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Nine drink/drug drivers caught in final week of summer drink drive campaign

24th June 2014

Drivers in the Highlands and Islands are once again reminded of the 'Dont' Risk It' message being delivered by Police Scotland following the end of a national drink/drug driving campaign which came to a close on Friday 13 June 2014.

Across Scotland, 9000 drivers were stopped and breathalysed by police with over 1000 of these taking place across the Highlands and Islands, during the two week summer drink drive campaign.

In the first week, five drink drivers in the Highlands and Islands were found to be over the limit. Two of those drivers had their cars being seized by the police. In the second week of the campaign there was an increase in the number of drivers commiting a driving offence with seven people caught drink driving and two further people caught drug driving. Of these, four were involved in a collision.

All of those caught by the police committing an offence have been reported to the Procurator Fiscal.

Highland and Islands Division, Road Policing Inspector Neil Lumsden said: "On the whole, I am really pleased with the results of the campaign. During the same period in last year's campaign, 23 drink drivers and one drug driver were detected. This year we have stopped and checked more drivers and 12 have been found to be over the legal limit and two drug drivers detected. This represents almost a 50% reduction in the number of drink drivers detected and shows that the 'Don't risk it' message, along with increased enforcement activity is having an effect. It will be a concern to everyone that four of the drivers detected during the second week were involved in collisions and I would urge the public to continue to support us by reporting a suspected drink or drug driver."

"Over the summer period we see an increase of activity on the road with many large scale and social events.When attending social events, such as barbeques and local gatherings, the alcohol content of drinks can often be significantly more than pub measures, so calculating what you have consumed can be difficult. I strongly encourage drivers to make a conscious decision not to drive after consuming any alcohol or drugs. My best advice is simply to arrange transport beforehand and leave the car at home."

With many more high-profile events due in the next couple of months, including sporting events and music concerts, Inspector Lumsden reassured: "Whilst the campaign has now concluded, we will continue to target those who decide to drive under the influence of drink or drugs over the remainder of the summer and beyond to ensure the safety of everyone on the roads of the Highlands and Islands."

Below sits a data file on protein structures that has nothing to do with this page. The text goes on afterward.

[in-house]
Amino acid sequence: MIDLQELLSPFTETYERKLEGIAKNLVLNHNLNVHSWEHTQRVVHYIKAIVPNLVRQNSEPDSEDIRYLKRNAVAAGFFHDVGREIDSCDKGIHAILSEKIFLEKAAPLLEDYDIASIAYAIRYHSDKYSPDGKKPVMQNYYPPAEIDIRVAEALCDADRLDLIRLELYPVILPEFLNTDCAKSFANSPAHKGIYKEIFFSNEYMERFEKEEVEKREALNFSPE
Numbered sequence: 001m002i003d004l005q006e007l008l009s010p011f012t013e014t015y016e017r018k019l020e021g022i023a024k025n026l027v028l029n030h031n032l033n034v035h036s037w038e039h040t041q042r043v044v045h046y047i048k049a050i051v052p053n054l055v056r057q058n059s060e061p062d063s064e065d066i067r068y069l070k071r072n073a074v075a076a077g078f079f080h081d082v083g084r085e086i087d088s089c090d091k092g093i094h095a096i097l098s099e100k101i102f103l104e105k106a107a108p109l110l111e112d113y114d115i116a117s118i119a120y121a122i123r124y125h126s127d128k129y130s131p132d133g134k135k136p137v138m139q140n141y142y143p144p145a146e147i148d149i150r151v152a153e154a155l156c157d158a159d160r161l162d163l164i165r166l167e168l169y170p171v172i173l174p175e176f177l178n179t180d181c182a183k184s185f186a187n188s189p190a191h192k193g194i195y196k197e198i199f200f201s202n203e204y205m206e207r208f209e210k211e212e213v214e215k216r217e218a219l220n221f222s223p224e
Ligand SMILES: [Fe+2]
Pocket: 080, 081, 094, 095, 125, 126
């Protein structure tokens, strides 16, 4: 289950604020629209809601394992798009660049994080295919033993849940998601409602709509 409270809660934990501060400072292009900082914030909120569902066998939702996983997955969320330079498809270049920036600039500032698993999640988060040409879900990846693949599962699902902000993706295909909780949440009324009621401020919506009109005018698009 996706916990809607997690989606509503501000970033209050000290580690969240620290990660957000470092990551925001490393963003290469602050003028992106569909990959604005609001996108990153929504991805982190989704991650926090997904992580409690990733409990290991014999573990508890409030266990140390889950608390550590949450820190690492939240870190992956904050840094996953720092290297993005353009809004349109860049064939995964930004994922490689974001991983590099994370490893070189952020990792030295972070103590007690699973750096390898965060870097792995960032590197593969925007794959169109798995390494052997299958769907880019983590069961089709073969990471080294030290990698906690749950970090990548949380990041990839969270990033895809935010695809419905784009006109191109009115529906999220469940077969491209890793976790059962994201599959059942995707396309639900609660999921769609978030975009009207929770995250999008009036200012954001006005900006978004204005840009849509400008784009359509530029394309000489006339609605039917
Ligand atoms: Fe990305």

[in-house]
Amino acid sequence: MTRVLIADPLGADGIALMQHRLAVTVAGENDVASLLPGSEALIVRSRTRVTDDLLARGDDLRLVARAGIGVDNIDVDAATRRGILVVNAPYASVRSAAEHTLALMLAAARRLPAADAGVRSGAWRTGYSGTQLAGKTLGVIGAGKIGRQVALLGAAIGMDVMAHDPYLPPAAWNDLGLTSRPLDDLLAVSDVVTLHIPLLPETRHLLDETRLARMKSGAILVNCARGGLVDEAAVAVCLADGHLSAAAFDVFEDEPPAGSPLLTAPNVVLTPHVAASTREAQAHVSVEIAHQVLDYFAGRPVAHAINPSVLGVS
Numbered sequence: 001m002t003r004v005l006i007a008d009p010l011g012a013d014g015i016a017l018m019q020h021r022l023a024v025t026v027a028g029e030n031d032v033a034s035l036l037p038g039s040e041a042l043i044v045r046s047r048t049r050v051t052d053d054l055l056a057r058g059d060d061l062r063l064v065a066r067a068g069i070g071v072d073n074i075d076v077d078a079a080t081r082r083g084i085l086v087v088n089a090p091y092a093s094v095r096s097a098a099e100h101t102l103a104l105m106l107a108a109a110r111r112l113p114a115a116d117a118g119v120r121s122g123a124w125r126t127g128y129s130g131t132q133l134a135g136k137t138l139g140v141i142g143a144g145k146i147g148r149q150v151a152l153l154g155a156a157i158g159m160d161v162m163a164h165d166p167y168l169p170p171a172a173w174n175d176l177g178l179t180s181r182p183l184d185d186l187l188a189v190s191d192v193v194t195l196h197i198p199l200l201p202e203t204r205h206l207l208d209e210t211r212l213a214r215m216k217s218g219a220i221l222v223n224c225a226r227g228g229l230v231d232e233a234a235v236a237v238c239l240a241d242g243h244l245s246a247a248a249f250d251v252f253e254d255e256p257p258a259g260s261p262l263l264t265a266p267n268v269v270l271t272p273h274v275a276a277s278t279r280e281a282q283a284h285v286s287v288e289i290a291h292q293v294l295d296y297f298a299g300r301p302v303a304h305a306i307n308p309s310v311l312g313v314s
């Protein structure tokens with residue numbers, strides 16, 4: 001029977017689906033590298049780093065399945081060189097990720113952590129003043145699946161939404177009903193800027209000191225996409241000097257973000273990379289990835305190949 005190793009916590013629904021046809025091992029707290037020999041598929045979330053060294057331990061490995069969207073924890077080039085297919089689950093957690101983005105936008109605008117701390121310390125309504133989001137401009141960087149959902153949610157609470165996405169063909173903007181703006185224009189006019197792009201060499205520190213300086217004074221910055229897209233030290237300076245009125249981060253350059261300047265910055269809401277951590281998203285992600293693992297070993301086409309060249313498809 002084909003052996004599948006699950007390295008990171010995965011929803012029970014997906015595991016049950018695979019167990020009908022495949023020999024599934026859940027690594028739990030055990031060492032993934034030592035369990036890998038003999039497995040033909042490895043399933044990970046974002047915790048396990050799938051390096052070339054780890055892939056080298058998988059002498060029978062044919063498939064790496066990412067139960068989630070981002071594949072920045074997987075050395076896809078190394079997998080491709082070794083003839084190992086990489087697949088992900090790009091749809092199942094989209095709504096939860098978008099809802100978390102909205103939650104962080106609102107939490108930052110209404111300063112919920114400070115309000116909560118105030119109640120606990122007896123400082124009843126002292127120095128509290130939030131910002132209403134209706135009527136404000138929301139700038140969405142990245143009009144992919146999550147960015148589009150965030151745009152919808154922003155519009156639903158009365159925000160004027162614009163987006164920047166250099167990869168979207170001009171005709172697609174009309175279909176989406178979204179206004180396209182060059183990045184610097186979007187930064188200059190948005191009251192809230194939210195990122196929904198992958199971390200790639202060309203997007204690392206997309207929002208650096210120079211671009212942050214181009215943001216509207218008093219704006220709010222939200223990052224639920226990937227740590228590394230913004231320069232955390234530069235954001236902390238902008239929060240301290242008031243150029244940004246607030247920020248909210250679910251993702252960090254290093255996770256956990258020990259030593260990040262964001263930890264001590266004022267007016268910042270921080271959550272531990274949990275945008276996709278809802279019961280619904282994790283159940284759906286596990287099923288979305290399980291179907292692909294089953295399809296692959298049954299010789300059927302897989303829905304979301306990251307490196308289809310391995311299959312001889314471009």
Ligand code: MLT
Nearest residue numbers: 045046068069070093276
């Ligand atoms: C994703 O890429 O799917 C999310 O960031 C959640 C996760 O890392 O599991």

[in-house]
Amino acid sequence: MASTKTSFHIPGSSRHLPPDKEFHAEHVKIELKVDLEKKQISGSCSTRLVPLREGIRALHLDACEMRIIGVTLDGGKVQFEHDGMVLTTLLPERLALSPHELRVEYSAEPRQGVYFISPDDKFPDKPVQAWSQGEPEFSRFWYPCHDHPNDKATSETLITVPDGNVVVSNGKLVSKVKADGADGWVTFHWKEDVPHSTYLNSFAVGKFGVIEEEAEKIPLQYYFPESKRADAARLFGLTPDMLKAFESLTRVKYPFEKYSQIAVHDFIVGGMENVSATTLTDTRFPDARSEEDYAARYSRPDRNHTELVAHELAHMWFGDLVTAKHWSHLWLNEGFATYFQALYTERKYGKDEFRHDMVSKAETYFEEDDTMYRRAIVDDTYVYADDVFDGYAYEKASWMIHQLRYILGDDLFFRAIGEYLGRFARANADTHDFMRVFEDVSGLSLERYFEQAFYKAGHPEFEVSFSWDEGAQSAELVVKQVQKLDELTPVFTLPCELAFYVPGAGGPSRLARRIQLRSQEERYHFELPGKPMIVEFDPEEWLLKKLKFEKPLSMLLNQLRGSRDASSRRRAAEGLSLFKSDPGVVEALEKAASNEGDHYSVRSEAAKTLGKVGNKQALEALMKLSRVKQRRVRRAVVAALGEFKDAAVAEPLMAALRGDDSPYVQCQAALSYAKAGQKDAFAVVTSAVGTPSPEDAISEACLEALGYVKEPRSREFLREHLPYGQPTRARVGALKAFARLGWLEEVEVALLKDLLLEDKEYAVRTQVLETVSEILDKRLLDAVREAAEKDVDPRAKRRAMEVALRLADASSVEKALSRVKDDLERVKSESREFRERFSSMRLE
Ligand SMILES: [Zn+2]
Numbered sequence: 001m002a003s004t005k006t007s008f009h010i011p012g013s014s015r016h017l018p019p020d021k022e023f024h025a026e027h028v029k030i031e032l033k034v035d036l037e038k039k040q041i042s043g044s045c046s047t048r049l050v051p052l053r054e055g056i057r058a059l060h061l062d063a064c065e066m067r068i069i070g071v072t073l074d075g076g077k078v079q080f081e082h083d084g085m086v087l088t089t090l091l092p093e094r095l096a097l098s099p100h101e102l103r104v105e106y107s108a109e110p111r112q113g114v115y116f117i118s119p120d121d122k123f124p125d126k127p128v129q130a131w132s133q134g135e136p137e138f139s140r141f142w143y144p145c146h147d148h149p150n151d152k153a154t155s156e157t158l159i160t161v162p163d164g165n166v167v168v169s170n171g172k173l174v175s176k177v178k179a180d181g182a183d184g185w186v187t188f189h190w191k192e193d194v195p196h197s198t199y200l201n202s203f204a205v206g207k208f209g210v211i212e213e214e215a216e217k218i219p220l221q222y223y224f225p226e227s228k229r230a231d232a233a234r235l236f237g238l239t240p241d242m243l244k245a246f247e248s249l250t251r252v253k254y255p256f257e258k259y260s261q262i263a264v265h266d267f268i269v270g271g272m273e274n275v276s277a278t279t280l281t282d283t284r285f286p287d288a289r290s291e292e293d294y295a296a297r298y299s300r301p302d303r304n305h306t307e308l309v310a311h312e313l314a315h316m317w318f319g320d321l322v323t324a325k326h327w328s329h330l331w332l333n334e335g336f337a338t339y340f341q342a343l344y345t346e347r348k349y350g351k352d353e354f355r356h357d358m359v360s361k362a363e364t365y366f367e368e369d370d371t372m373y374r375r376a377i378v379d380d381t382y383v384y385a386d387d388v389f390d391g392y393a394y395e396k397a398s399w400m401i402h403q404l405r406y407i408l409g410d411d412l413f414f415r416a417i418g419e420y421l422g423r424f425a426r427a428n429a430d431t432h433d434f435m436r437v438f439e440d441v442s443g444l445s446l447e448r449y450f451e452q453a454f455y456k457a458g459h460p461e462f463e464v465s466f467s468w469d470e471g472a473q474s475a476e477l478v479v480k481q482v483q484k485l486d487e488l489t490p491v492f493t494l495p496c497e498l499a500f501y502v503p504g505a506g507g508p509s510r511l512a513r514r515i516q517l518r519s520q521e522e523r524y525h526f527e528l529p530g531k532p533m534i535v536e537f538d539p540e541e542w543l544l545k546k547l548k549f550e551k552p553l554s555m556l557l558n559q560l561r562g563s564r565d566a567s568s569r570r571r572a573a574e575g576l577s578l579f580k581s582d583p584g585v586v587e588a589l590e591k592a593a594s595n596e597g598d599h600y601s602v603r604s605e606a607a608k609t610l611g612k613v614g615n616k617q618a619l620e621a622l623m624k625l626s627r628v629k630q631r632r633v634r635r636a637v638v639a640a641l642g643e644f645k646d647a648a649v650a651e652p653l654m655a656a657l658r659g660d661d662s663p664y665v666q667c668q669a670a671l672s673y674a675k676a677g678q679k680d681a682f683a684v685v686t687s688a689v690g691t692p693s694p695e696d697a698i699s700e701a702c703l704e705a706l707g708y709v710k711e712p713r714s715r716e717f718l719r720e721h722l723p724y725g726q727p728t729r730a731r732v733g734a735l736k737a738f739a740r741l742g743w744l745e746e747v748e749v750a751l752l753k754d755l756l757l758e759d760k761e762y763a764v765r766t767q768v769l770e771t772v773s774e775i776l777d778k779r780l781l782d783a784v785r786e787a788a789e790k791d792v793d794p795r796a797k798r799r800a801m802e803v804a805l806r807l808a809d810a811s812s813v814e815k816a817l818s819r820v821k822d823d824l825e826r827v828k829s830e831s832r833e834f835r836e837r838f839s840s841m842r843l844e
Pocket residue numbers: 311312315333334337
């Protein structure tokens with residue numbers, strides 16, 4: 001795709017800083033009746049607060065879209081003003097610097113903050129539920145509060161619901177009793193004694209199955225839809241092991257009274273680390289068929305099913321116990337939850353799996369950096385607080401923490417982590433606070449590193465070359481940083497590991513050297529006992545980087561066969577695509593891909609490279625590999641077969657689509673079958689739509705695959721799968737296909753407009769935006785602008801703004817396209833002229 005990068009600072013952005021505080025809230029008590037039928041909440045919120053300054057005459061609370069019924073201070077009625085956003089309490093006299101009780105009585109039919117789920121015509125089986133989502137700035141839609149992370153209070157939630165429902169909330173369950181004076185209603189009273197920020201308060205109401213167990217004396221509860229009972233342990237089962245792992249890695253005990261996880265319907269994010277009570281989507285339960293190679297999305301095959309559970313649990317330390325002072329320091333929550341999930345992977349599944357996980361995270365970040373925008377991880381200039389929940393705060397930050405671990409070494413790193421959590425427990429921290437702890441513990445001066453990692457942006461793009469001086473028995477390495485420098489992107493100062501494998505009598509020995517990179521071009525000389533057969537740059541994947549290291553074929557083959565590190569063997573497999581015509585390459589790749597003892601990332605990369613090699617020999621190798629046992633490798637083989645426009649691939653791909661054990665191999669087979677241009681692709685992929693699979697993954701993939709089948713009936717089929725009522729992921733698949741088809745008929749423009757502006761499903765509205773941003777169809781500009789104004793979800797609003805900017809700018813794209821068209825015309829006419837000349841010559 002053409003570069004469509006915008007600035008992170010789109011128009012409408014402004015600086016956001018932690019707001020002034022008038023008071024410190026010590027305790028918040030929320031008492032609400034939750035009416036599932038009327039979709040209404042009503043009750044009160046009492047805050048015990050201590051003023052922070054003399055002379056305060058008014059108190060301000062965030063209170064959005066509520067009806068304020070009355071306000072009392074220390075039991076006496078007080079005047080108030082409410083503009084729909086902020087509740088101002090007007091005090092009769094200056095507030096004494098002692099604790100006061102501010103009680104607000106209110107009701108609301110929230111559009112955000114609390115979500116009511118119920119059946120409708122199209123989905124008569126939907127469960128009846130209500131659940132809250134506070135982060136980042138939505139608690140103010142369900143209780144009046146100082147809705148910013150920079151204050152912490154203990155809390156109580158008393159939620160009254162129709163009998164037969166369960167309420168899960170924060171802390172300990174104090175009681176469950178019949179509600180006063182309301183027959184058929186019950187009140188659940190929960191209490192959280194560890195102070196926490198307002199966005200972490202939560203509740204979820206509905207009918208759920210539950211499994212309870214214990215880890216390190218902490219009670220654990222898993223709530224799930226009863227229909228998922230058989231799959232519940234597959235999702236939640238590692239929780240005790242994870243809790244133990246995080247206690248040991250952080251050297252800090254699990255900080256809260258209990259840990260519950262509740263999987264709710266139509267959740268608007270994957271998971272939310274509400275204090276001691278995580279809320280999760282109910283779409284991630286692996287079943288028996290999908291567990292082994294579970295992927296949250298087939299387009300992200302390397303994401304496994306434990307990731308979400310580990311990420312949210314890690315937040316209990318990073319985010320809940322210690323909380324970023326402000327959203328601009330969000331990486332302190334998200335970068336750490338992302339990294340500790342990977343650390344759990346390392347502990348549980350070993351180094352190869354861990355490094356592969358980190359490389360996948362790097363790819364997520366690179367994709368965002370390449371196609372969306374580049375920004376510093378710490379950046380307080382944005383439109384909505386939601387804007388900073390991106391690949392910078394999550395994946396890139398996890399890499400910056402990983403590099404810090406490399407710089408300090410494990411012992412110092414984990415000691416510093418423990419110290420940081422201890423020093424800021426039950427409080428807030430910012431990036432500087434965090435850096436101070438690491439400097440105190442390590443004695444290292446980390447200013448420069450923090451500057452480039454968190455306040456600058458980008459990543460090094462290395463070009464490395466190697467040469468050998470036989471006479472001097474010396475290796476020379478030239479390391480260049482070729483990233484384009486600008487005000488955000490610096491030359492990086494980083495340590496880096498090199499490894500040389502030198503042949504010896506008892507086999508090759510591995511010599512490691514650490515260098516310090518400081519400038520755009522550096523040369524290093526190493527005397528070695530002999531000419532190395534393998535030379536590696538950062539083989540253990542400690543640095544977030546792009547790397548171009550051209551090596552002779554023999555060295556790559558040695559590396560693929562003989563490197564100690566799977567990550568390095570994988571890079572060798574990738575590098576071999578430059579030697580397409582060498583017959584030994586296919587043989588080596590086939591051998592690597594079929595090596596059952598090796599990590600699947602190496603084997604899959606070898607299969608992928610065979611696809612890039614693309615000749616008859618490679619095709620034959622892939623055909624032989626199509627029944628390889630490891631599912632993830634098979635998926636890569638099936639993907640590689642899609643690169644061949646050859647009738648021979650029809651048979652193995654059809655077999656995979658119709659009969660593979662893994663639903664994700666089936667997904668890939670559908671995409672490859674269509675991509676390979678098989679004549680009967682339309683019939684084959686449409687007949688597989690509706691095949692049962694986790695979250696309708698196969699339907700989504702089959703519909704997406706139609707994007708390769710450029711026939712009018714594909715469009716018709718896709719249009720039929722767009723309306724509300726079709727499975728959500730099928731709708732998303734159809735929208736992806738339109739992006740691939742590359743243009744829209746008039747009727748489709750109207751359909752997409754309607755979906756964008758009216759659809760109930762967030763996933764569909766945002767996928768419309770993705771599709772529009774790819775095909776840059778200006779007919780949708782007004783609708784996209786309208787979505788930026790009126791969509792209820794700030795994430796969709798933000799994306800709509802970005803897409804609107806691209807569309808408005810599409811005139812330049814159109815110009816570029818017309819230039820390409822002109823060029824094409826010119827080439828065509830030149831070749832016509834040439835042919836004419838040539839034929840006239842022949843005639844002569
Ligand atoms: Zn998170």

Police continue to advise the public that if they have information regarding someone who is committing the act of drink or drug driving to report it to them on 999 or if deemed not an emergency on 101. If they wish to remain anonymous, they are urged to call Crimestoppers on 0800 555 111.

Drink/Drug Driving

If convicted of driving or attempting to drive whilst above the legal alcohol limit, or impaired by alcohol or drugs, or fail to provide a specimen of breath for analysis or a specimen of blood or urine for a laboratory test, a driver can expect:

Automatic Loss of licence - a 12 month driving ban

A risk of being fined up to £5,000

A criminal record - for a minimum of 20 years

An offence which stays on your licence for 11 years

A risk of being imprisoned for up to 6 months

An increased risk of losing your vehicle

Authorities have the power to seek seizure and forfeiture of a driver's vehicle under the Road Traffic Offenders Act 1988. In Scotland, the forfeiture scheme was first introduced during the 2009 ACPOS Festive Drink Drive campaign. It was extended in the summer of 2010 to include drug drivers and applies to anyone who is caught for driving under the influence of alcohol or drugs for a second time.

It can result in seizure and forfeiture of the car if you are caught a second time – and may result in a longer ban. Causing death by dangerous driving whilst under the influence of drink and/or drugs will result in a minimum 2 year driving ban and up to 14 years in prison with an unlimited fine.

Further information can be found at

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